Smith accepts that an increase in yield seems likely, not least given that such projects involve increased time spent on orchard management, irrigation etc, but the total absence of any peer reviewed research means 'this is not quantifiable in the context of small-scale production and market access'.
Indeed, Smith provides a number of reasons for doubting the reality of the 'incredible' successes Wambugu claims: 'we have found a mixed reaction amongst farmers involved in the projects and documented considerable disappointment from many of them.'
Although tissue culture bananas were judged to have positive attributes, 'problems with growth cycles of tissue culture bananas and lack of marketing outlets meant that farmers had gluts of bananas' that they were unable to sell or consume. 'Quotes from interviews with small farmers carried out for this research included the following: 'TC bananas are not meant for local cultivation', 'Kenya needs some mechanism to add value to its bananas', 'No one thought ahead about surplus bananas.''
Smith also found that, 'farmers who planted TC bananas were encouraged to greatly increase their investment in banana growing, this involved not only purchasing the TC plantlets (c. $1.50-2.00 per plantlet) but also introducing more labour and capital intensive orchard management practices such as weeding, irrigation and intercropping. Without viable markets this clearly left farmers in a vulnerable position.'
Wambugu and her collaborators appear to have both overestimated the importance of tissue cultured bananas 'in terms of subsistence and diet and ignored some of the production and marketing constraints... Essentially, TC bananas were pushed as a technology solution and not examined sufficiently from a demand perspective.'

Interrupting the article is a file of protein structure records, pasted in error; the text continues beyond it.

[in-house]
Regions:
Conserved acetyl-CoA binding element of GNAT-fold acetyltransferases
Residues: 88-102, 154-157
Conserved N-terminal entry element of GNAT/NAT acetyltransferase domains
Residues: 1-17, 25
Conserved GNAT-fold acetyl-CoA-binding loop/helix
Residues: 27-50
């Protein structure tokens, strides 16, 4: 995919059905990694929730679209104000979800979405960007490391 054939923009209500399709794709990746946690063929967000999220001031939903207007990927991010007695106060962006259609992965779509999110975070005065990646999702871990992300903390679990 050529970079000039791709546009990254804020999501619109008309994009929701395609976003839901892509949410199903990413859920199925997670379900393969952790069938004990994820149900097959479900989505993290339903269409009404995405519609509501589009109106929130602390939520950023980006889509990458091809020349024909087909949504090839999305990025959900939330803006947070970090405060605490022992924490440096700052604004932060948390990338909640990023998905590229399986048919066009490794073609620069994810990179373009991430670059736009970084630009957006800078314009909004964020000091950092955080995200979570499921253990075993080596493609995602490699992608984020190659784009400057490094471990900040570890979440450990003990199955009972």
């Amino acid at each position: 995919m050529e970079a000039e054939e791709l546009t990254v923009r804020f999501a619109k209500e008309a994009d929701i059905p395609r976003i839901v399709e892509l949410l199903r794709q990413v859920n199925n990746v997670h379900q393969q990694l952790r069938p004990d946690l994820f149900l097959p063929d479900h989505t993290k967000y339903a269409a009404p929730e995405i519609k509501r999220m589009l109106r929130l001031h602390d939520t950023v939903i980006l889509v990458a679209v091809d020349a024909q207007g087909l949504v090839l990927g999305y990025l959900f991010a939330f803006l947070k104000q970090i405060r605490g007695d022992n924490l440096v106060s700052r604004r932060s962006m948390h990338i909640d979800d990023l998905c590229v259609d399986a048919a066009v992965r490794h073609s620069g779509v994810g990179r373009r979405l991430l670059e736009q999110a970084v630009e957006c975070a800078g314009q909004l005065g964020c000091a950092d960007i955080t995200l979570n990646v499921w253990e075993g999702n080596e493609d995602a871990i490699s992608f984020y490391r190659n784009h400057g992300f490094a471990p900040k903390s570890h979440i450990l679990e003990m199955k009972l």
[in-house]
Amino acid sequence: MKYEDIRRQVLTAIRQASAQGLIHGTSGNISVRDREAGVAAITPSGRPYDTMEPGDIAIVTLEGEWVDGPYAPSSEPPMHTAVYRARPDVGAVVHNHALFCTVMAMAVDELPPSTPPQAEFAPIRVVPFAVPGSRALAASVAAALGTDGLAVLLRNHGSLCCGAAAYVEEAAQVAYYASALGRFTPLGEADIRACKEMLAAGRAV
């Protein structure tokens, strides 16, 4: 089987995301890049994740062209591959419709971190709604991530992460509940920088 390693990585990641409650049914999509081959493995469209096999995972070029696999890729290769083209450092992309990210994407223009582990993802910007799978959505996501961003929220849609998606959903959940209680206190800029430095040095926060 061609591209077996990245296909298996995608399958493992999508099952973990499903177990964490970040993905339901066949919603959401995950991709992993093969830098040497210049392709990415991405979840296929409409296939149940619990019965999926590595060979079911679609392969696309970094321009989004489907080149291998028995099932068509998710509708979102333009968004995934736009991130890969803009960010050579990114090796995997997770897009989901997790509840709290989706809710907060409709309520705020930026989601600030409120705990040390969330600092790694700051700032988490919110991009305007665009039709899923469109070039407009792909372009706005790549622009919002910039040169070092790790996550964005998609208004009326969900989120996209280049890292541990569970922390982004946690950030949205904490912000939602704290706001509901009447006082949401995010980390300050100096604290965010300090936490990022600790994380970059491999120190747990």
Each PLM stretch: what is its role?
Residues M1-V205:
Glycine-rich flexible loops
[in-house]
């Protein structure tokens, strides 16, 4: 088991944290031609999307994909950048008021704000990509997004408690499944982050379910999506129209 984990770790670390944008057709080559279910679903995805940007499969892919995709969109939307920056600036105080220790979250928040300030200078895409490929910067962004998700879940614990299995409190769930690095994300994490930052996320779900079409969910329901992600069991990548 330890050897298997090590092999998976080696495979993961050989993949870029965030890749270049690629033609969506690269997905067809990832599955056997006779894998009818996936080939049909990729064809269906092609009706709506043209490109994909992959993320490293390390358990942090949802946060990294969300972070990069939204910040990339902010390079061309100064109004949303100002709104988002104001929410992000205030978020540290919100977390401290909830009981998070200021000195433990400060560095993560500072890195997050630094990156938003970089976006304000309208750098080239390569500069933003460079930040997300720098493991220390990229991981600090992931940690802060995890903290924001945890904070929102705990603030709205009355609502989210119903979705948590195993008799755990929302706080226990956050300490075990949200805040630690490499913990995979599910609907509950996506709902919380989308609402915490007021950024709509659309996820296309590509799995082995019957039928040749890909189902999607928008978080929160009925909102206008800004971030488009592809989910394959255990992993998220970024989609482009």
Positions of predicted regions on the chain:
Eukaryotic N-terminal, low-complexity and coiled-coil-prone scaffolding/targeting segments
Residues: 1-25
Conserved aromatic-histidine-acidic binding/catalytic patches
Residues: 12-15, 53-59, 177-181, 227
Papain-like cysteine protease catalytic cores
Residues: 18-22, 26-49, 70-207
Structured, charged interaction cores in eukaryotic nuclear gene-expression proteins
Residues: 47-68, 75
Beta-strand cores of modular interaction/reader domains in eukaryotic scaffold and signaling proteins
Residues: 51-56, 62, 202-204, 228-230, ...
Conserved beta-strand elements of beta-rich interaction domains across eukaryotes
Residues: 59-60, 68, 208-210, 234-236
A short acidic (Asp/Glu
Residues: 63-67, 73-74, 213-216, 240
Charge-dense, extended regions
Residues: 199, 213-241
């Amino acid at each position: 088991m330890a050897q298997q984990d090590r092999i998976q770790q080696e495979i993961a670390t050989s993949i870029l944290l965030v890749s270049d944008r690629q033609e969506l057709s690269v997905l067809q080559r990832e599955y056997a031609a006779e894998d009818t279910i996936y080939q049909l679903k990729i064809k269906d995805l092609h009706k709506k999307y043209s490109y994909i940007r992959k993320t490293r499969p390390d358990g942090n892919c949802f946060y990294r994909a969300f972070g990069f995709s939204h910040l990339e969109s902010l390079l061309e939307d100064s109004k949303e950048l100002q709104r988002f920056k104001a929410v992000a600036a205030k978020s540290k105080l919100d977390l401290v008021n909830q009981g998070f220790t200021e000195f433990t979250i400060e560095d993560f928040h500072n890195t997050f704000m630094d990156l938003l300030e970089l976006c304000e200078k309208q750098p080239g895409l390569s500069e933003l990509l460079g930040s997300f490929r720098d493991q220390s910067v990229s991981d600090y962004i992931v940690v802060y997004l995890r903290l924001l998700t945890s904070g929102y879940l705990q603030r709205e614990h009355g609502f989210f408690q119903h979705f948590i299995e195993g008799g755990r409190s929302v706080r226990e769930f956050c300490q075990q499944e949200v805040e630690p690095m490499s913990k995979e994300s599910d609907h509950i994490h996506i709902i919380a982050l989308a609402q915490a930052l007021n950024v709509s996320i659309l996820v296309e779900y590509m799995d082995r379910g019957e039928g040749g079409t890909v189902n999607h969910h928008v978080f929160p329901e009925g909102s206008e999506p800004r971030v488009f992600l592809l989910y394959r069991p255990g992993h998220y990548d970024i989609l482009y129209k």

In a sense then, Wambugu and DuPont are quite right to say this project offers wider lessons for Africa and the developing world. The most obvious lesson is to beware of corporate-connected scientists bearing crisis narratives. They may come pushing biotech solutions in search of a problem.
Unfortunately, though, such narratives can be very seductive. Dr Wambugu has had enormous success in promoting another project in Kenya - the GM sweet potato - and in an exactly similar fashion. Once again she has used low figures on average yields in Kenya to paint a picture of stagnation.
This time in constructing her crisis narrative Wambugu repeatedly claimed that only 4 or perhaps 6 tons of sweet potatoes were being produced per hectare in Kenya - without ever mentioning the data source. However, as the development specialist Aaron deGrassi has pointed out, FAO statistics indicated average yields in Kenya of '9.7 tons, and official statistics report 10.4 tons' per hectare. In other words, Wambugu's figures on average non-GM yields massively understate the reality.
The contrasting success of the GM sweet potato was very widely reported on the basis of the claims of Wambugu and her collaborators, even though no peer reviewed reports or official figures were published during three years of trials in Kenya. These results were said to be 'astonishing' - just how 'astonishing' only finally emerged at the end of the Kenyan trials: the GM sweet potatoes, which supposedly yielded more, had been outperformed by the conventional crop. They were worse than useless.
It would be easy to conclude from this that Dr Wambugu is a particular case - a specialist in crisis narratives and hyped solutions, but she has not acted alone. As well as Dupont, Wambugu's collaborators have included Martin Qaim, Monsanto, USAID, ISAAA, the Rockefeller Foundation, and DfID. And, as James Smith tellingly notes, this type of 'narrative prevails amongst a whole range of literature supporting biotechnological development in Africa.'